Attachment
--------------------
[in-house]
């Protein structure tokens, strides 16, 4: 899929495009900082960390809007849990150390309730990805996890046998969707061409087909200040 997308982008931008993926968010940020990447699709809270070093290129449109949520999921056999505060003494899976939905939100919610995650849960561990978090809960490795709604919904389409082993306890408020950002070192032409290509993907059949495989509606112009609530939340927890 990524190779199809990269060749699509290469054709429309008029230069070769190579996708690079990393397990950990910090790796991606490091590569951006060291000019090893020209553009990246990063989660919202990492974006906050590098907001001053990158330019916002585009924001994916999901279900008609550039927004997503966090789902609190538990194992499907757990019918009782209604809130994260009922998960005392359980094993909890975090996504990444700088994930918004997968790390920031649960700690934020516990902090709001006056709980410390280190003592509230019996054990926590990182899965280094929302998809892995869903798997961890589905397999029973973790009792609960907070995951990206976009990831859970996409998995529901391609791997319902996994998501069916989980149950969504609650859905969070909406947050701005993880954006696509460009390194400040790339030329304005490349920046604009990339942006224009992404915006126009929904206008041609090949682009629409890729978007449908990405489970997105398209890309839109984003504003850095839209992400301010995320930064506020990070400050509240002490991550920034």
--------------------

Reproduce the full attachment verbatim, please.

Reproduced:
[in-house]
């Protein structure tokens, strides 16, 4: 899929495009900082960390809007849990150390309730990805996890046998969707061409087909200040 997308982008931008993926968010940020990447699709809270070093290129449109949520999921056999505060003494899976939905939100919610995650849960561990978090809960490795709604919904389409082993306890408020950002070192032409290509993907059949495989509606112009609530939340927890 990524190779199809990269060749699509290469054709429309008029230069070769190579996708690079990393397990950990910090790796991606490091590569951006060291000019090893020209553009990246990063989660919202990492974006906050590098907001001053990158330019916002585009924001994916999901279900008609550039927004997503966090789902609190538990194992499907757990019918009782209604809130994260009922998960005392359980094993909890975090996504990444700088994930918004997968790390920031649960700690934020516990902090709001006056709980410390280190003592509230019996054990926590990182899965280094929302998809892995869903798997961890589905397999029973973790009792609960907070995951990206976009990831859970996409998995529901391609791997319902996994998501069916989980149950969504609650859905969070909406947050701005993880954006696509460009390194400040790339030329304005490349920046604009990339942006224009992404915006126009929904206008041609090949682009629409890729978007449908990405489970997105398209890309839109984003504003850095839209992400301010995320930064506020990070400050509240002490991550920034």